Four months into my study abroad experience, I’ve come to realize that there is a lot about Costa Rica that I just wasn’t expecting. Sure, I had been warned about culture shock and how different classes in another language would be, but I’ve been able to manage those transitions with relative ease. However, Costa Rica faces another set of struggles that I rather naively overlooked — what I have since deemed “developing world problems.”

Costa Rica is arguably a well-developed country. It has a strong history of democracy and well-functioning political and economic systems. Nonetheless, I have learned to live with daily reminders of the differences between here and home, small things that I now realize I took for granted in the United States. However, living in a country still considered under development has also yielded a variety of small blessings, regardless of the inconveniences associated with them.

First of all, I have learned some serious patience thanks to the public bus system here. I use buses to get pretty much everywhere — school, downtown San Jose, my friend’s houses — because they are very convenient and there is a stop a block from my house. On the other hand, there is no bus schedule whatsoever. The next bus could come in the next 30 seconds or it could take 25 minutes. Therefore, I’ve had some pretty deep conversations with myself while waiting for the bus, and I’ve also listened to “Call Me Maybe” on my iPod an embarrassing number of times in a row. The plus side of this experience: Transportation is super cheap.

Costa Rica is roughly the size of West Virginia which makes it relatively small, but I was still surprised when the entire nation’s Internet and cell phone service once cut out for an entire hour. To make matters worse, it took my phone over a week to recover from the shock — I simply couldn’t send texts. Although it took me a while to figure out what was wrong with my phone and my conversation partners thought I was ignoring them, it didn’t present much of a problem, and because I rarely text anyway, I’m just going to take the phone freak-out as a pro in my experience abroad.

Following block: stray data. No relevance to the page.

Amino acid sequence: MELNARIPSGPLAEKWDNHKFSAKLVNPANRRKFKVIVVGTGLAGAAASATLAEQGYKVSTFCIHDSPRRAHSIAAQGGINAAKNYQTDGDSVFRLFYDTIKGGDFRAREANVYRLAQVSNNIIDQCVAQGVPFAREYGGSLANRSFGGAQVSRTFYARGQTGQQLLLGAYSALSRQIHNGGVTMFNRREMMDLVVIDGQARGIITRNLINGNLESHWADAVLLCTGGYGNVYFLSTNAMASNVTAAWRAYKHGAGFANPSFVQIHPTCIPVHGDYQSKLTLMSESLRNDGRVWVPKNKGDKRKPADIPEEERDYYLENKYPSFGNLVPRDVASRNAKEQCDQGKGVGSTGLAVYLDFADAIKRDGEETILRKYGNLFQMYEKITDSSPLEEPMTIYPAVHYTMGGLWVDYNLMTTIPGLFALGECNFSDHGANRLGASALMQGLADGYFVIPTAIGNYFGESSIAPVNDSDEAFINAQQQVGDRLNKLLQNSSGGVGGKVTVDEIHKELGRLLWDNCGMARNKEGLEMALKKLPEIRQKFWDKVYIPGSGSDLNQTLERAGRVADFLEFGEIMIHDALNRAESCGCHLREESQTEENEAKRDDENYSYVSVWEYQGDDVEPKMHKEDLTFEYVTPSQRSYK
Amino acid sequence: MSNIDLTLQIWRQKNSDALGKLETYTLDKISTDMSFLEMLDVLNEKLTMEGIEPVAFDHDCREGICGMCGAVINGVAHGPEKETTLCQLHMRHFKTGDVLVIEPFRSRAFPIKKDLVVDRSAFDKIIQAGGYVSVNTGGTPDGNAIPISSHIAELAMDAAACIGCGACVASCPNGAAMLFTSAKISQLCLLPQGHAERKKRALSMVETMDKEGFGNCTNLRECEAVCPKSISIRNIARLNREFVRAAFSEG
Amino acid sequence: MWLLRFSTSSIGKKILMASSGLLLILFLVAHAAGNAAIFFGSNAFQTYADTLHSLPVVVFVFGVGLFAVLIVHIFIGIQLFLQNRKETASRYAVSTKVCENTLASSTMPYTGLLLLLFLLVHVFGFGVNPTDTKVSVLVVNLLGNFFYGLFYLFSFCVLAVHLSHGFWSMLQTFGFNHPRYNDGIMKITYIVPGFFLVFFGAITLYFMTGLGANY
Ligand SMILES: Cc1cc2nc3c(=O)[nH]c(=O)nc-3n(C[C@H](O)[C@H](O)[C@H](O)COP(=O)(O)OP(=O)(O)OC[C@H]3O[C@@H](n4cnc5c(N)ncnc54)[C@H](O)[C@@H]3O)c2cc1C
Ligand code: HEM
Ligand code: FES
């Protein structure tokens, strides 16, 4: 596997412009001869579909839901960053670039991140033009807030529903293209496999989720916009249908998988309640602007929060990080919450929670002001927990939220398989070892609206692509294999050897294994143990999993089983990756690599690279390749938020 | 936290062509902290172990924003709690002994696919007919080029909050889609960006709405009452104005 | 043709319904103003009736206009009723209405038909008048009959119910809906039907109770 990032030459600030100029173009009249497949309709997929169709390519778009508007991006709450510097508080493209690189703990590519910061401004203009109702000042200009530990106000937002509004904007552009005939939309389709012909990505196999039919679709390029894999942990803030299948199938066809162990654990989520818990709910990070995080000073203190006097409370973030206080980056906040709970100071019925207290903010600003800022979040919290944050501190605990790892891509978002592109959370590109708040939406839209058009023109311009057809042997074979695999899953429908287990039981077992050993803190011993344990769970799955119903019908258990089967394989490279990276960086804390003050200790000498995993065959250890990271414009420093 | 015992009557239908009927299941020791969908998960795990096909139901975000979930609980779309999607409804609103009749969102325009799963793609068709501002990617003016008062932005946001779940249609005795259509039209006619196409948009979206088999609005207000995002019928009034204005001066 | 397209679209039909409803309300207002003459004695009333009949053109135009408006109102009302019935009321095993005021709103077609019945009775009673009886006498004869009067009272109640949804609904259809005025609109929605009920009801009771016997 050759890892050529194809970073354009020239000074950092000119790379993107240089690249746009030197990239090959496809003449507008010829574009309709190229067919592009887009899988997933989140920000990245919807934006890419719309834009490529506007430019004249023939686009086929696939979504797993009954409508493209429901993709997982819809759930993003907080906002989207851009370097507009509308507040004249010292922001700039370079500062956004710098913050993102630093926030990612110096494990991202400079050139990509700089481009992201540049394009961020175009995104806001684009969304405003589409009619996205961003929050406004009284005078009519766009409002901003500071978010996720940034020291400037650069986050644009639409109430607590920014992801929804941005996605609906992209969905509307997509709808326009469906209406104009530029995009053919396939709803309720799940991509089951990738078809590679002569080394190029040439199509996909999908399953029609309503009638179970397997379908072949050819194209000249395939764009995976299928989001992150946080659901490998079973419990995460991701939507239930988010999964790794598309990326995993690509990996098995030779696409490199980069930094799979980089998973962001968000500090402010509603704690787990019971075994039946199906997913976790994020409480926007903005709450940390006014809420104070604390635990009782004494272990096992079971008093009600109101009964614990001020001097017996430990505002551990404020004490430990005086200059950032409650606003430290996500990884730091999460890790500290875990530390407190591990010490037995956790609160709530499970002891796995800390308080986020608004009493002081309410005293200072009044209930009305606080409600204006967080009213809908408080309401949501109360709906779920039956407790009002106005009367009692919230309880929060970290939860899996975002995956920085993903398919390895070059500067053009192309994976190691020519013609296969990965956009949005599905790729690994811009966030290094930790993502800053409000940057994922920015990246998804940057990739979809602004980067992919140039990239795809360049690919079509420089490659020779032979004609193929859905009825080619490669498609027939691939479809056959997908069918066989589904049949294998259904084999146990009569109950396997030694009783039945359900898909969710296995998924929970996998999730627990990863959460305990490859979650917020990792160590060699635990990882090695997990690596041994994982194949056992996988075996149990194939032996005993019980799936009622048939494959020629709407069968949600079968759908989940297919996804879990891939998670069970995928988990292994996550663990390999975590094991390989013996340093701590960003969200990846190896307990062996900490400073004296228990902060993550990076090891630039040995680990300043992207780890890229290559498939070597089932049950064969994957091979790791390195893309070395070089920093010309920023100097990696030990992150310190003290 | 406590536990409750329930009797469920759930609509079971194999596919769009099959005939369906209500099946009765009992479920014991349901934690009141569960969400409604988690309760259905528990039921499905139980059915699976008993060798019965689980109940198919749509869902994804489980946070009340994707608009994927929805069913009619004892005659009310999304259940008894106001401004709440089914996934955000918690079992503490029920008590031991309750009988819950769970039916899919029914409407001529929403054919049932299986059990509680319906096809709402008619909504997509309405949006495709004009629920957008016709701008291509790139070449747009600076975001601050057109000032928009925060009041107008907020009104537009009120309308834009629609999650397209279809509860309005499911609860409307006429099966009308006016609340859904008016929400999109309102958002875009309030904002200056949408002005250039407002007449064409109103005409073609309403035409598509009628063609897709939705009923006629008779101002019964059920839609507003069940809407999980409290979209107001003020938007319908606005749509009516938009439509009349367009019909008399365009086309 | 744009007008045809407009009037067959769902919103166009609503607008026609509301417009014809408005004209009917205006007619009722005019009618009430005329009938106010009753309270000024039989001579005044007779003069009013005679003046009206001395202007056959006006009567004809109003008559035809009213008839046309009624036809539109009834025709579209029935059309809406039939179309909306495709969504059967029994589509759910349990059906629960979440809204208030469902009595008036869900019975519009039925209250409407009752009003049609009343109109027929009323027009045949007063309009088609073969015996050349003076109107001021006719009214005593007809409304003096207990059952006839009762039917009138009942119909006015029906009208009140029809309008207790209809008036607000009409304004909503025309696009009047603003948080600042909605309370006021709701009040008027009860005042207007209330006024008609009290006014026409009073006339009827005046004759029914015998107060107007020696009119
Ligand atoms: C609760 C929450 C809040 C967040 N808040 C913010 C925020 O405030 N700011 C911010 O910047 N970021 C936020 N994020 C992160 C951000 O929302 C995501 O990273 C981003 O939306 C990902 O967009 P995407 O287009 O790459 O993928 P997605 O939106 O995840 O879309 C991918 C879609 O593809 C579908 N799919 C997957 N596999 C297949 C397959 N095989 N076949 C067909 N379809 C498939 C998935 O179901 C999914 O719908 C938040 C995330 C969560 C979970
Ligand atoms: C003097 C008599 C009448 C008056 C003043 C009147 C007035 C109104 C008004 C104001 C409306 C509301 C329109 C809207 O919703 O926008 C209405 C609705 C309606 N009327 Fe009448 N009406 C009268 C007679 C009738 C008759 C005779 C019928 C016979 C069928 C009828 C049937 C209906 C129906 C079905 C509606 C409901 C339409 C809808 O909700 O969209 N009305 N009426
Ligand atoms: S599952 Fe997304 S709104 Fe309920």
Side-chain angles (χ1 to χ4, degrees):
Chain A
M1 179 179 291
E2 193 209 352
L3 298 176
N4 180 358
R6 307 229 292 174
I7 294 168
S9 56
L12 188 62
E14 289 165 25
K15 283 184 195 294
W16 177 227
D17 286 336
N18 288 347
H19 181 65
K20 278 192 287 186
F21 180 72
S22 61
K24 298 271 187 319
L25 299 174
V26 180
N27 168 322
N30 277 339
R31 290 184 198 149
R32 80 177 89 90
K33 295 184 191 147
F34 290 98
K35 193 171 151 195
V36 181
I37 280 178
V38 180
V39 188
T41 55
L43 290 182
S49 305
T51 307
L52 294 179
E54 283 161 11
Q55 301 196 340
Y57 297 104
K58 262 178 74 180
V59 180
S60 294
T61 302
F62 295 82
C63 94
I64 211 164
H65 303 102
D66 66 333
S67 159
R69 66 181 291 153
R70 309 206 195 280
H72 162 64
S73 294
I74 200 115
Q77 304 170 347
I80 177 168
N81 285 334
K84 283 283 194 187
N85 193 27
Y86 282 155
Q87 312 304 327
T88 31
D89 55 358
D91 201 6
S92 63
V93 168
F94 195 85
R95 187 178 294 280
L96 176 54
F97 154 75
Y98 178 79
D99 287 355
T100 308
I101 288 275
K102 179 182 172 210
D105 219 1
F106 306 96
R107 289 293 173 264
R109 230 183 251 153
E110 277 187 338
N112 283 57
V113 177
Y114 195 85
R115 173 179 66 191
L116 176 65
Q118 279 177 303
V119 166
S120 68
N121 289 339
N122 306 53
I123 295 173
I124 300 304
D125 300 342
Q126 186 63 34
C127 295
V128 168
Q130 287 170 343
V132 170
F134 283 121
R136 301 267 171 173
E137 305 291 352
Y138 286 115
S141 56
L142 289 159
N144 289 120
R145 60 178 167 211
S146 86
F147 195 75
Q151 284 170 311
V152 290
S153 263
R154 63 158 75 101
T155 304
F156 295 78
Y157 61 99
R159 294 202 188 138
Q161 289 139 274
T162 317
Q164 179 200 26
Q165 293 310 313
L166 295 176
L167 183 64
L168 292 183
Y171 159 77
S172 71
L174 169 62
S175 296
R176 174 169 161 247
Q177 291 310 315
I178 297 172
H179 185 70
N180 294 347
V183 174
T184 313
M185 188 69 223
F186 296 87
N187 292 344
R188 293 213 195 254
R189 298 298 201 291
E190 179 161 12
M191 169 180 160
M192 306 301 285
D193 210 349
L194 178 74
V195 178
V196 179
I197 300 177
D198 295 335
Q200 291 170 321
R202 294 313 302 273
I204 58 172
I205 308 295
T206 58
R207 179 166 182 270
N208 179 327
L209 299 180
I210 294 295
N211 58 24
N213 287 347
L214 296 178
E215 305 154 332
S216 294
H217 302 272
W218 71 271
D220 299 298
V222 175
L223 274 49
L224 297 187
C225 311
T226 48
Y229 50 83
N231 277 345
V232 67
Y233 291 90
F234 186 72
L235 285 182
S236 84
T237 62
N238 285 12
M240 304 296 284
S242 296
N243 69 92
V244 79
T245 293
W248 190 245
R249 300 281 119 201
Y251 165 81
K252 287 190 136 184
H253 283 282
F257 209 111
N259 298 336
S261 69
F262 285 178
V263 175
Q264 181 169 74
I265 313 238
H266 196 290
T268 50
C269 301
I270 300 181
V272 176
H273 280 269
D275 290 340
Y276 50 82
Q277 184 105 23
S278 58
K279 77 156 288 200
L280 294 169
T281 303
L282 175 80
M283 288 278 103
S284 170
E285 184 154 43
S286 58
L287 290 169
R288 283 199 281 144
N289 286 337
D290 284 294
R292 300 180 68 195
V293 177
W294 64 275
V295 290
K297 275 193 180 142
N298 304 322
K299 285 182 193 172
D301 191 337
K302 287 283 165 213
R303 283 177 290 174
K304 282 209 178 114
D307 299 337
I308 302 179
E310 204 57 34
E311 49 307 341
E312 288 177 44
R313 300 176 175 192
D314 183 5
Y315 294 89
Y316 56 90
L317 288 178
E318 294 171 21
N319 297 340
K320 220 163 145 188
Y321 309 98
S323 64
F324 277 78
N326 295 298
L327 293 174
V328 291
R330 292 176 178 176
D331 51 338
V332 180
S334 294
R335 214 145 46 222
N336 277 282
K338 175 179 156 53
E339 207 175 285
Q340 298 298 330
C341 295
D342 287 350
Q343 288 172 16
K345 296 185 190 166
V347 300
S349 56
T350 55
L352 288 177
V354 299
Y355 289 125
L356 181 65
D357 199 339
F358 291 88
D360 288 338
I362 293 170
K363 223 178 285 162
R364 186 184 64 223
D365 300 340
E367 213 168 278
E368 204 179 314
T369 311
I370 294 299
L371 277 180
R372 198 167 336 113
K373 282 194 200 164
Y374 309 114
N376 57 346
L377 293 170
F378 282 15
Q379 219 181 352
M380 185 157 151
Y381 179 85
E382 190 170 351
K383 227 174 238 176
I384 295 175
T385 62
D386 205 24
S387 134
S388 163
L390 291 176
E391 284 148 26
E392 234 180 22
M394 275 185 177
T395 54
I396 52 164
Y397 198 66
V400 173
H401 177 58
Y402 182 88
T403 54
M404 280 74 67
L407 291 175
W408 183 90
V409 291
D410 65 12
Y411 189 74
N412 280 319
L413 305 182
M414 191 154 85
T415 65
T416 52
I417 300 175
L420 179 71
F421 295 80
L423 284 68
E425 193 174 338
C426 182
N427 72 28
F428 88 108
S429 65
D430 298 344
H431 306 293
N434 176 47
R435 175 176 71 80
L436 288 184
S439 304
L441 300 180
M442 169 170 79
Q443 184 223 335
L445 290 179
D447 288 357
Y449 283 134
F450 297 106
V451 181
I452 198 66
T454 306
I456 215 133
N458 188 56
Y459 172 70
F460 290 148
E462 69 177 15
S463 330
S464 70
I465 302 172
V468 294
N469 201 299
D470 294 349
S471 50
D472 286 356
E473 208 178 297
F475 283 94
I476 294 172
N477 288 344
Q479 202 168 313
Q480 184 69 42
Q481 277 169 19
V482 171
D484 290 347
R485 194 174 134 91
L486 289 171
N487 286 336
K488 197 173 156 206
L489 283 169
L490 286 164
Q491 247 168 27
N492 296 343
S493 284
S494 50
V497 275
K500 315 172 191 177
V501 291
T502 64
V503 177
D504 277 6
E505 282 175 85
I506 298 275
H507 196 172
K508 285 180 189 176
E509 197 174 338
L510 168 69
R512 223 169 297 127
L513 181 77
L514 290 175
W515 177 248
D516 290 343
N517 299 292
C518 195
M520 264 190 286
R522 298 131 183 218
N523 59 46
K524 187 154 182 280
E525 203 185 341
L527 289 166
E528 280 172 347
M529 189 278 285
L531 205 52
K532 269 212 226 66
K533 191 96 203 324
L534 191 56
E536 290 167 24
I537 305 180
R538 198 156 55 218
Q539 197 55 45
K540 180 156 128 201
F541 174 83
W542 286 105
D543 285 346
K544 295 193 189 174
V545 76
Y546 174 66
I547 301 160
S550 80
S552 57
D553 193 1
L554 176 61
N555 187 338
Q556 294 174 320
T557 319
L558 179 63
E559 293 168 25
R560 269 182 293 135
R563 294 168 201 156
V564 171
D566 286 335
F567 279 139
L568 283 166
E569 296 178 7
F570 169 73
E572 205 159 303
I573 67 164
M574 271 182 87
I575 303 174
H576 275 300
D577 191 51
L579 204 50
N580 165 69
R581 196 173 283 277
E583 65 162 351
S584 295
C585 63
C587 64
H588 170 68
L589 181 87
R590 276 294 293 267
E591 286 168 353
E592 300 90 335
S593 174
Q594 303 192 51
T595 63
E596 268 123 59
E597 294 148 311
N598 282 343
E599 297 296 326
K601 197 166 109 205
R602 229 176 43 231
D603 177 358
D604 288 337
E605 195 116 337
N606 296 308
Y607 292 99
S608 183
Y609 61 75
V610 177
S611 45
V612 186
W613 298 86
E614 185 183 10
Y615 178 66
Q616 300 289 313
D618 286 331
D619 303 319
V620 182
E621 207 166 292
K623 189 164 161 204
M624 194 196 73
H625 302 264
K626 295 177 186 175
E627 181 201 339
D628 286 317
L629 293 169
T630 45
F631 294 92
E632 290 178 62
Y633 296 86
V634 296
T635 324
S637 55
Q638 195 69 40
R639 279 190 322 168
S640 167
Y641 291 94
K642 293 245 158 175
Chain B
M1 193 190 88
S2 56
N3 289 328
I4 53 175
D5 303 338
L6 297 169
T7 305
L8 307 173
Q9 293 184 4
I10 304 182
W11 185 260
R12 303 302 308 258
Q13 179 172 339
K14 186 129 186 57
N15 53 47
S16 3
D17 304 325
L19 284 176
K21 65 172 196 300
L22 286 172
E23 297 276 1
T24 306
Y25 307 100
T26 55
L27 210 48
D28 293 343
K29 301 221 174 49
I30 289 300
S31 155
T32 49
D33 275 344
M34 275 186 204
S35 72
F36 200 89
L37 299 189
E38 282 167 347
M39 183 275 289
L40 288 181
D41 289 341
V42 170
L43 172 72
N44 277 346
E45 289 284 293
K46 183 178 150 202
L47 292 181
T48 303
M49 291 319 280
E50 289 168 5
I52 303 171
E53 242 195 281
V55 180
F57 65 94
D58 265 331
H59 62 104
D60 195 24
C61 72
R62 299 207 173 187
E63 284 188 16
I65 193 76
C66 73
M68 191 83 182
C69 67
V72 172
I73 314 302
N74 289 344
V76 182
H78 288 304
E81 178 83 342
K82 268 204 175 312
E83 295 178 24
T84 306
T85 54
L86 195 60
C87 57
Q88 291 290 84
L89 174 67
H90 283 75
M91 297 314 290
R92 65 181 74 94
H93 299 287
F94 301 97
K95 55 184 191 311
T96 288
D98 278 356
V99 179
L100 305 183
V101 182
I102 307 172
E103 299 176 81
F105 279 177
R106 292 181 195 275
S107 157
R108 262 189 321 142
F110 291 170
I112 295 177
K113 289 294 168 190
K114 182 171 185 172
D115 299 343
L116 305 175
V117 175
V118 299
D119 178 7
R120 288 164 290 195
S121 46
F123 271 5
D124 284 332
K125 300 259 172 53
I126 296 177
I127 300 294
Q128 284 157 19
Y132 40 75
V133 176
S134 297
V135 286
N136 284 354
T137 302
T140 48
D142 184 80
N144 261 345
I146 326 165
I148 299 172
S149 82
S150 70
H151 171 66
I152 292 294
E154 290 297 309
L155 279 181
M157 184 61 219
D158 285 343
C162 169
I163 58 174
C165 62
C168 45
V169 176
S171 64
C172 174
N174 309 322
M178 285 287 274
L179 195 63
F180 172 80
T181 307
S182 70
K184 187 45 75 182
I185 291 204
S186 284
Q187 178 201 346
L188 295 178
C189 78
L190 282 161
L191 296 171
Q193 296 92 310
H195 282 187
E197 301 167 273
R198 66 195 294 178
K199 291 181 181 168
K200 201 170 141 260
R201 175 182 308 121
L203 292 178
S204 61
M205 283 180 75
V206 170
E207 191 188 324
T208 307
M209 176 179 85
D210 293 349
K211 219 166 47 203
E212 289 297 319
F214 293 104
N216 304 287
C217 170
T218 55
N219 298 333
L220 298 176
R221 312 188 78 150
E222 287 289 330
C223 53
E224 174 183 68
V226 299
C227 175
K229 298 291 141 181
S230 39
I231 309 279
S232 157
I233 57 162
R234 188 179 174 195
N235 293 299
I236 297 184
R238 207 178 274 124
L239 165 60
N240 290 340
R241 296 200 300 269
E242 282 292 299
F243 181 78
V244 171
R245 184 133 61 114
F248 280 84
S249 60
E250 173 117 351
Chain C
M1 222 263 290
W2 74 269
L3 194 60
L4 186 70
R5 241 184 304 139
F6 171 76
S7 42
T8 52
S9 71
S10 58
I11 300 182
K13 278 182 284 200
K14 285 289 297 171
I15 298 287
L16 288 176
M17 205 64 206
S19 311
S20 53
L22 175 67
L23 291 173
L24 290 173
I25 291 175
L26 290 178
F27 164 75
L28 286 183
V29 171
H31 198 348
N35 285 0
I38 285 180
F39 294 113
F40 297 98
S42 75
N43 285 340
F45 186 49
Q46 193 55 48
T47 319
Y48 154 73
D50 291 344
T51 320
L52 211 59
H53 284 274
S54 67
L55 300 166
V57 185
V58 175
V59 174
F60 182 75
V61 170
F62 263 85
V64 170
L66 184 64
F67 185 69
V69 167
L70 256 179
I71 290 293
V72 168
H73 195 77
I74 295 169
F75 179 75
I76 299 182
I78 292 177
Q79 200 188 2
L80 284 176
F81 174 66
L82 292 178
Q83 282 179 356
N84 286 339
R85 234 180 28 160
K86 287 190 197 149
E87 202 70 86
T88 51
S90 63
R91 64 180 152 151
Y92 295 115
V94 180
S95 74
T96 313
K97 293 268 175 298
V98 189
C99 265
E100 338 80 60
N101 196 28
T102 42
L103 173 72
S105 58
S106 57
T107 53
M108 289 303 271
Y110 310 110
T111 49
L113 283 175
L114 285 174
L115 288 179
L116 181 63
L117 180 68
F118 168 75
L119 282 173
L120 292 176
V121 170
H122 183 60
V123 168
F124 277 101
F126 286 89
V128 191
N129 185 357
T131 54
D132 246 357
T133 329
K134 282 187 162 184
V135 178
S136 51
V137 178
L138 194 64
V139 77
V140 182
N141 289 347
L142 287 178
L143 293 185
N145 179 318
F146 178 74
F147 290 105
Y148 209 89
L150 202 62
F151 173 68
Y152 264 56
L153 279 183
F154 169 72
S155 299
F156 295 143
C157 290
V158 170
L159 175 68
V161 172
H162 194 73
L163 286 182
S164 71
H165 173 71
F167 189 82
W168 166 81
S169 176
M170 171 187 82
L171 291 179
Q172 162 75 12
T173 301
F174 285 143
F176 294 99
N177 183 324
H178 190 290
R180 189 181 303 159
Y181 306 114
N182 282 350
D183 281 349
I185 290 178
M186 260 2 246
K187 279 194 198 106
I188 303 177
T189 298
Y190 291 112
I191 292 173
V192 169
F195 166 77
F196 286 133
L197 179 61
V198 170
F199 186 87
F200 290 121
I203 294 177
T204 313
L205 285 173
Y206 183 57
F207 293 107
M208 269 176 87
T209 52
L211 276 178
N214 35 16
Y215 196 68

The developing world also has some bizarre hygiene-related problems, although I promise I’m still squeaky clean 99 percent of the time. However, I wasn’t expecting my neighborhood to not have running water for one weekend every two months. Luckily, this problem is easily solved by scheduling my showers ahead of time so I don’t spend too much time being stinky in one weekend. The more immediate inconvenience is that my university, and pretty much every public restroom, provides neither toilet paper nor hand soap, which has led to some lowering of my personal standards. I’ll let you ruminate on just exactly how by yourself. However, as some sort of plus, finding a bathroom with toilet paper, a toilet seat, soap and paper towels is like the Holy Grail and genuinely excites me now. It’s the simple things in life that get you through the day, people.

Ultimately, however, these “developing world problems” don’t actually matter. I might not have prepared myself for them, but they are part of my life in Costa Rica, an experience I am enjoying immensely. And, honestly, the fact that I have them means that I’m living life like a real Tica. I have waited for the bus with Costa Ricans, figured out what was wrong with the Internet when my host sister and I powwowed about our computers not working and followed my host mom’s lead on how to prepare for the water shortages. My intent in going abroad was not to live like a tourist in another country for six months but to fully immerse myself in Costa Rican culture. Even if I’ll never be totally at home here, both personally and in the eyes of the Ticas around me, at least to some extent we can bond over shared struggles, no matter how simple.

Mariah Byrne is a junior in the School of Foreign ServiceSURVIVING ENDLESS SUMMER appears every other Friday in the guide.

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